The relentless siege on pedestrians and cyclists rages on in South Florida. In June alone, local media outlets reported on an embarrassing number of tragic accidents in the greater Miami-Ft. Lauderdale-Pompano area. While the recent Miami Bicycle Summit touted many plans and accomplishments in bicycle infrastructure, the troubling frequency of high-profile accidents involving pedestrians and cyclists requires a more aggressive response from local agencies and leaders. Below is a summary of some recent accidents. (The dates correspond to the date of the coverage, not the actual accident.)
Is this a more appropriate warning for pedestrians and cyclists in South Florida?
June 14th, Ft. Lauderdale
A mother and her baby, who was in a stroller, were taken to the hospital after being struck by a pickup truck in Ft. Lauderdale.
June 13th, Lake Worth
In what appears to be a classic ‘right-hook’ accident, a bicyclist is in critical condition after being struck by a tractor-trailer. No word on any charges facing the driver.
June 10th, Miami
In this horrific accident, the innocent victim, who was on the sidewalk, was actually severed in two by a vehicle after it collided with another vehicle at an intersection in Miami.
June 7th , Hollywood
On May 13th, Wilmar Galeano was riding his bicycle on the Sheridan Street Bridge, when he was struck from behind and killed by a speeding white van. The accident was caught on video, but the driver fled and the accident is still under investigation.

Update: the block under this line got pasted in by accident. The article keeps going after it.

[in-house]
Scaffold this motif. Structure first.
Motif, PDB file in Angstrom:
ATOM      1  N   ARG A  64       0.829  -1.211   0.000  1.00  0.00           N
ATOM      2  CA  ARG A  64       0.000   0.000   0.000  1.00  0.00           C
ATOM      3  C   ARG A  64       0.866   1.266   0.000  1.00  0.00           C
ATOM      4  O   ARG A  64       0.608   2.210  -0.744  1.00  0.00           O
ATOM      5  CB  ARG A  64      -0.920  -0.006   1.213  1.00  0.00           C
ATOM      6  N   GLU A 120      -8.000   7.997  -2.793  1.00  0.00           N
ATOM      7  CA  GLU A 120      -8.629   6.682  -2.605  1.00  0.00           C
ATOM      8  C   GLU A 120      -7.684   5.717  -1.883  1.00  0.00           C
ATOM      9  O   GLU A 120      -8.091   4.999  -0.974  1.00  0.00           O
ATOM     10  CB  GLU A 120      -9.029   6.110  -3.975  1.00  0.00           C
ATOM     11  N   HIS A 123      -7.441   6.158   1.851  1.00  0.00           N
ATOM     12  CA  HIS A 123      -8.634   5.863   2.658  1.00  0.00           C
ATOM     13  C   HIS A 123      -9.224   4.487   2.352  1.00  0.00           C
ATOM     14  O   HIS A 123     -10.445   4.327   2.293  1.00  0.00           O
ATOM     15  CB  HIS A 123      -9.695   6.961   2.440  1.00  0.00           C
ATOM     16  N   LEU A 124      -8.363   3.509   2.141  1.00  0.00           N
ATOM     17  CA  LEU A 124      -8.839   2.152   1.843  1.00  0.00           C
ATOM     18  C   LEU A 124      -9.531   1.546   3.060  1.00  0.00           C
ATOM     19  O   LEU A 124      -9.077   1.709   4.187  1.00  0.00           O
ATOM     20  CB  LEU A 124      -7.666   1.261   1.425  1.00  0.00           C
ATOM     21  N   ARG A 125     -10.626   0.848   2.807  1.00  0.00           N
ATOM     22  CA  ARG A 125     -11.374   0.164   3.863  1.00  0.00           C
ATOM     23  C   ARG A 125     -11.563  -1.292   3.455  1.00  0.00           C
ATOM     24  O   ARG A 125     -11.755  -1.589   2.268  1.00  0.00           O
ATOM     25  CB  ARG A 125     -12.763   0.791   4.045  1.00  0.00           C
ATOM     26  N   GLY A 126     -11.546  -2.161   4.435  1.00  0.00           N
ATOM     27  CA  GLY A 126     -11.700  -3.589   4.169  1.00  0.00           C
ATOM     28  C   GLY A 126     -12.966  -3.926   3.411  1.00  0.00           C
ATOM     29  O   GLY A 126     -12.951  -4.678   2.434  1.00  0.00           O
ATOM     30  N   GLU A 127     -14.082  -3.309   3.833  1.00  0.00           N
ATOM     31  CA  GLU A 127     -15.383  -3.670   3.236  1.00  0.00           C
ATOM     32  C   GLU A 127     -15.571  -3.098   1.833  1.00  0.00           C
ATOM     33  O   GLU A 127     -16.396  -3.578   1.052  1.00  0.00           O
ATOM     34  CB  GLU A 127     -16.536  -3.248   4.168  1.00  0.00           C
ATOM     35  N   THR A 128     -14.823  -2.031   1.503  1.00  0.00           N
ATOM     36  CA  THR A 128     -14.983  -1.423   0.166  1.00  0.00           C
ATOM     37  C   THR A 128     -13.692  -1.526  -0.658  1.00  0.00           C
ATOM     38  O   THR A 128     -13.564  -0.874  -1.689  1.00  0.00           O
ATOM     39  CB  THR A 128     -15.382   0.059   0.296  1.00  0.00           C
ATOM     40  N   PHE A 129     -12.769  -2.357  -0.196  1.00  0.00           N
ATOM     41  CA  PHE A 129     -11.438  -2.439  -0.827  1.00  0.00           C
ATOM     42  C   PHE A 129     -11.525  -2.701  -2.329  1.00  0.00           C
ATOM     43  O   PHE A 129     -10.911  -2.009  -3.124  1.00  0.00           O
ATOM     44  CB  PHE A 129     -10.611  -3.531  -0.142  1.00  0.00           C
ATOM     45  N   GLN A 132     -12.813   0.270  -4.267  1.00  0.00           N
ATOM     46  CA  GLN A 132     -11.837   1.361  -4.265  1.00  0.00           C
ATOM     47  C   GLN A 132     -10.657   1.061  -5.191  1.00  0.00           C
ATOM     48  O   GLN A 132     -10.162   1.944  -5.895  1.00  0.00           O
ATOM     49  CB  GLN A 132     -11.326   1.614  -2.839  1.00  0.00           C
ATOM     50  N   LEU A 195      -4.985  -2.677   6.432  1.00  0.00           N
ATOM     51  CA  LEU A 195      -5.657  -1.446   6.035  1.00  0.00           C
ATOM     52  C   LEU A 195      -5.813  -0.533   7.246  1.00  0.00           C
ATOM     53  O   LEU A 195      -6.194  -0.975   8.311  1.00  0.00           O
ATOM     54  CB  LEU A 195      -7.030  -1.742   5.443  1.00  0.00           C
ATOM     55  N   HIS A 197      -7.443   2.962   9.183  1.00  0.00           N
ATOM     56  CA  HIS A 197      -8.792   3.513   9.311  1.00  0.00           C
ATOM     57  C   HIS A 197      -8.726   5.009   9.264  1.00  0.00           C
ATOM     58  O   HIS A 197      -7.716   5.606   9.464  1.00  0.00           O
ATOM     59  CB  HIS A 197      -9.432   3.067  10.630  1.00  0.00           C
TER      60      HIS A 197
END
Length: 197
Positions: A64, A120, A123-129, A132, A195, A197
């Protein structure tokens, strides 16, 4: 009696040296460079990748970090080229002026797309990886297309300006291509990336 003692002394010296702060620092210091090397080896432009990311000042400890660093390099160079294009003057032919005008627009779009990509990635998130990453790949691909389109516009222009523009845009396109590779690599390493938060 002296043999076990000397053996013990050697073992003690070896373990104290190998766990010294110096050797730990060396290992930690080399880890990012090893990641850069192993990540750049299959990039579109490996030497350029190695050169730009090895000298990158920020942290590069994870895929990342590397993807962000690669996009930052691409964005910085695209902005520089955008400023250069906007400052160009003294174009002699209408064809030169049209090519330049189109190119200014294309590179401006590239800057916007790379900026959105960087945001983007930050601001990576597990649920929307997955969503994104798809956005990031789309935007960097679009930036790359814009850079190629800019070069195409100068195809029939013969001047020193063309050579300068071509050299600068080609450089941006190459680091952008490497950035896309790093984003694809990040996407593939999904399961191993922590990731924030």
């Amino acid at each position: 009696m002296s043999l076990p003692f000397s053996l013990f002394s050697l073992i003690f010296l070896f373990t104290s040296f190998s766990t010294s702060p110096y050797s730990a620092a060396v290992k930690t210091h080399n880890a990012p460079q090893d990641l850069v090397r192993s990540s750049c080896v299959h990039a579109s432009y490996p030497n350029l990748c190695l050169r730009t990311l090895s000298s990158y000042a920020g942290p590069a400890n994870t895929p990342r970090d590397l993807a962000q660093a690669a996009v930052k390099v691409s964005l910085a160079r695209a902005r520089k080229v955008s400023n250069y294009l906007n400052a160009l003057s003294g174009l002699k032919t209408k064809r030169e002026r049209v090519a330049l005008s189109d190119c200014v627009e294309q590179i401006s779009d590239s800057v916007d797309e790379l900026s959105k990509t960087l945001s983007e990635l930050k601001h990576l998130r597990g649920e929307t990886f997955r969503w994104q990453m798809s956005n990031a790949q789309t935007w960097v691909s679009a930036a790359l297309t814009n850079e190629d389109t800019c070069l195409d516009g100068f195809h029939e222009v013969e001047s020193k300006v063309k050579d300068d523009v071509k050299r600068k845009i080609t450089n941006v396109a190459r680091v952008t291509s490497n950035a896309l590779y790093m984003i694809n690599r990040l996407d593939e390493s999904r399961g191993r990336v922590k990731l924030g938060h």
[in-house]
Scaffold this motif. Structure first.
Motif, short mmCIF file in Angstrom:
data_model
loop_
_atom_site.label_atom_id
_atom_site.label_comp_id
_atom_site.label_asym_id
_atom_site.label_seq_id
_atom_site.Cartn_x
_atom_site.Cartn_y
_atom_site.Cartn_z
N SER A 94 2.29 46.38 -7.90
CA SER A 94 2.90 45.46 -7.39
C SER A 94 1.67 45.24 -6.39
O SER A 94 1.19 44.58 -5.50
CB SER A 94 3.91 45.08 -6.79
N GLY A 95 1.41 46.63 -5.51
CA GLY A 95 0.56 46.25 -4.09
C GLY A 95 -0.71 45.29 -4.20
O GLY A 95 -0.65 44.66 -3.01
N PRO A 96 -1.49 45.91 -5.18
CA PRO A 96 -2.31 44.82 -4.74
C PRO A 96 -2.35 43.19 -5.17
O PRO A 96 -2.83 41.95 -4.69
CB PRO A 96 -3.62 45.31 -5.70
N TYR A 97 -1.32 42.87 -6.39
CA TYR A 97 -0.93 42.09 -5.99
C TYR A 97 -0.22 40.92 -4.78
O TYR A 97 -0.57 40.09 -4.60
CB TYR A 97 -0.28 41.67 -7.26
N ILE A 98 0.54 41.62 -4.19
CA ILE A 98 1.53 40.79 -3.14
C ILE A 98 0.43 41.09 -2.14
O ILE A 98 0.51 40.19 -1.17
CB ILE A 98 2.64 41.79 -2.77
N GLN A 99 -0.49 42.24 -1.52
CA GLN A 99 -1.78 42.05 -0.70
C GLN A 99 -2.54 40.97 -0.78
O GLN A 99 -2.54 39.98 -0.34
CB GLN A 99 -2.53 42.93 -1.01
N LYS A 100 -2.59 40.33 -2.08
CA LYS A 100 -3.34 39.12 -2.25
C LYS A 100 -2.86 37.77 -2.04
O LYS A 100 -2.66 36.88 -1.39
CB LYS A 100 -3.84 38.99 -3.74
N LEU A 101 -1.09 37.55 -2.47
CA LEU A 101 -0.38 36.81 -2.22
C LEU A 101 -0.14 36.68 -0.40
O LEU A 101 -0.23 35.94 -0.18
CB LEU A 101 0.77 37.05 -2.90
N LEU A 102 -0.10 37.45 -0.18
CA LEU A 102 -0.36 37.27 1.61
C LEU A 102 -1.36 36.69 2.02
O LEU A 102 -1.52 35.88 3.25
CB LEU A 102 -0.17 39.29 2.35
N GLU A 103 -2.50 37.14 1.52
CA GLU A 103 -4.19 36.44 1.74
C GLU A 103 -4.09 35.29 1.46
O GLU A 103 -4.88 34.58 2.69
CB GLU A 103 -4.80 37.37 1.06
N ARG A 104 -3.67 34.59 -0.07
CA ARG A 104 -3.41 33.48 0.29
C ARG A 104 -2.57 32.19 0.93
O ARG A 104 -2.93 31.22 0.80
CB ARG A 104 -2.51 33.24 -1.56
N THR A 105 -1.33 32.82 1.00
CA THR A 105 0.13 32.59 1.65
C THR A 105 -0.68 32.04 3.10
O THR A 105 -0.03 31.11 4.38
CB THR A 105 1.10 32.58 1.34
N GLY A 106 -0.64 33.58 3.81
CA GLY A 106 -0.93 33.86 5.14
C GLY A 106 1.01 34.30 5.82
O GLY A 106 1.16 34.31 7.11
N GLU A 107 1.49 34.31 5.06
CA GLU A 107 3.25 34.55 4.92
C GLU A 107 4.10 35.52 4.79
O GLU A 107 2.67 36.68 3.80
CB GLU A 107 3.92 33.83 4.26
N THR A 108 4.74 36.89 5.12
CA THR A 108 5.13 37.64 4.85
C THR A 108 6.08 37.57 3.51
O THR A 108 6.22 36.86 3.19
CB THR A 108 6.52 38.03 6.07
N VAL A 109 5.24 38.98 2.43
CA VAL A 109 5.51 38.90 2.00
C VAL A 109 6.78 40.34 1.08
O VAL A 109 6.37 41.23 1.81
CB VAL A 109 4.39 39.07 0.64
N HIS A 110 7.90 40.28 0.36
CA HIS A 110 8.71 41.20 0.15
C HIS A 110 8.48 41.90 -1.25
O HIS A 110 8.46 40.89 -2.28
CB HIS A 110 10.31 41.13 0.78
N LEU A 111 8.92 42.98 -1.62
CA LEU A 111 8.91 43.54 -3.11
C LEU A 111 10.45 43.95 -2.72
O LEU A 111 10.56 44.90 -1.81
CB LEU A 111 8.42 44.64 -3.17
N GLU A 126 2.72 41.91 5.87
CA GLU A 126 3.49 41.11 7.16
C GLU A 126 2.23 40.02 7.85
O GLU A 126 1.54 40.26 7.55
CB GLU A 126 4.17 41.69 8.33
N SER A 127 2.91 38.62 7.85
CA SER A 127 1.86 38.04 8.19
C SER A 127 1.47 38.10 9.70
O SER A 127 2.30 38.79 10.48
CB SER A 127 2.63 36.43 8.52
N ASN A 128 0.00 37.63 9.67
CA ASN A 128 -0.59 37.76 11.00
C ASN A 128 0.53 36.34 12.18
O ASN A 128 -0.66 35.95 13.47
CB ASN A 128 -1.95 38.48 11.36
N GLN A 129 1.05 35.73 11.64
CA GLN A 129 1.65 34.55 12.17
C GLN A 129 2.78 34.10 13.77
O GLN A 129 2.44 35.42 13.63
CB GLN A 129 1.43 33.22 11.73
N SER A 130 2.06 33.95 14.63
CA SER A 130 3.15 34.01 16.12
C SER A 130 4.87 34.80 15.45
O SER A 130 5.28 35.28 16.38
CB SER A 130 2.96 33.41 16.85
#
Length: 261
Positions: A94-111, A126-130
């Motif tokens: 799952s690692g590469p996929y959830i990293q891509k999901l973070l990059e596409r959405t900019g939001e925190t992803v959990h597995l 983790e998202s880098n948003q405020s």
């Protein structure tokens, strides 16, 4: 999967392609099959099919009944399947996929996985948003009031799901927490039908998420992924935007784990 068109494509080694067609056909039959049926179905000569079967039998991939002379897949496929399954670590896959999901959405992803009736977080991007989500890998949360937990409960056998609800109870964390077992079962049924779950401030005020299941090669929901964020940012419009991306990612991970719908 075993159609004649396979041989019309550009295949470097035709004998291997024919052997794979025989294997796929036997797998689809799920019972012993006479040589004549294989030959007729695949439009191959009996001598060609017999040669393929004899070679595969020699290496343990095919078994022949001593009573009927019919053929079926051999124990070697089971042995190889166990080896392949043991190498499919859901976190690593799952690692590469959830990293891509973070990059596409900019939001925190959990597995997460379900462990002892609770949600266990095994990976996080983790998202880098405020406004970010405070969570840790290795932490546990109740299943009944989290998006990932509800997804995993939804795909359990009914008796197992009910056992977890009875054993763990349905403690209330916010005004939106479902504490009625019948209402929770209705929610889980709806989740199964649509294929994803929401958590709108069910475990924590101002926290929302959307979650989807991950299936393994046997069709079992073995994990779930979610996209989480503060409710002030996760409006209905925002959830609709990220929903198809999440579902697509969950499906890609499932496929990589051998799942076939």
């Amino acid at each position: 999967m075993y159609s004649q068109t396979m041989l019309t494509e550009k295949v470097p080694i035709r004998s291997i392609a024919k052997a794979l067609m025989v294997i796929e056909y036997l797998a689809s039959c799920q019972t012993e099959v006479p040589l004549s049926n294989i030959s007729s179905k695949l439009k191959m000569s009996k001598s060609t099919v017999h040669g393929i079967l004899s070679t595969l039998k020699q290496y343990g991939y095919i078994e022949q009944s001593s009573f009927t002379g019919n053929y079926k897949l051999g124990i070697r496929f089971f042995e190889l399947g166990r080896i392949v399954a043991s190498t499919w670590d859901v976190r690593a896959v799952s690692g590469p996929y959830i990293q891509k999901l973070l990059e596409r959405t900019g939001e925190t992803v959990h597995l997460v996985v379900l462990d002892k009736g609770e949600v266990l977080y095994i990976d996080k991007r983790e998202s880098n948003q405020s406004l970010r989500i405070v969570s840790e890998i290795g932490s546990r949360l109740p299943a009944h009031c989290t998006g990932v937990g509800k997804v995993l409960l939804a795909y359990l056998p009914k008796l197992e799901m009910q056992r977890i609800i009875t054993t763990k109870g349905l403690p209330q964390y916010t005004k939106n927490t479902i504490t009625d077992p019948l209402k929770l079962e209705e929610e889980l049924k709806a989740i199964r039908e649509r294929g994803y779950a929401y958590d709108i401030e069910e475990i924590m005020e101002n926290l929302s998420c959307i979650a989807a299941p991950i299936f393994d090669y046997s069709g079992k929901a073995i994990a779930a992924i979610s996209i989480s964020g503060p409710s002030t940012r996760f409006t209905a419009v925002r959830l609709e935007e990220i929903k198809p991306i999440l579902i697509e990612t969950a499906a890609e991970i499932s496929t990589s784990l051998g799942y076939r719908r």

June 6th, Ft. Lauderdale
Jamie Valderrama of Miami Beach tried to leave the scene after striking and killing a pedestrian, Juan Herrera, with his Lexus. Charges against Valderrama are pending.
June 6, Lauderdale Lakes
June 2nd, Coral Gables
In this tragic accident, 4 pedestrians were struck when two cars collided in an intersection and careened into the sidewalk. One of the pedestrian victims, Olatz Conde Salcedo, who was head of human resources for Nextel in Bilbao, Spain, later died from injuries suffered in the accident.
Has South Florida actually become more dangerous for pedestrians? A recent Transportation For America Study showed Miami-Ft. Lauderdale to be the 4th most dangerous region in the USA for pedestrians. Is South Florida about to climb in this dubious list? Where is the vocal leadership on this most basic of issues that deteriorates our quality of life and the viability of our cities? How can a city thrive when it’s dangerous to simply cross the street or walk the sidewalks?
Of course, if you have money, you can drive recklessly and kill with impunity in these parts. Need proof? Read about the outrageously light sentence recently handed to Ryan LeVin who murdered two pedestrians in Ft. Lauderdale in 2009.
When are our public agencies and elected officials going to take pedestrians seriously? Streets are for people – not just cars.
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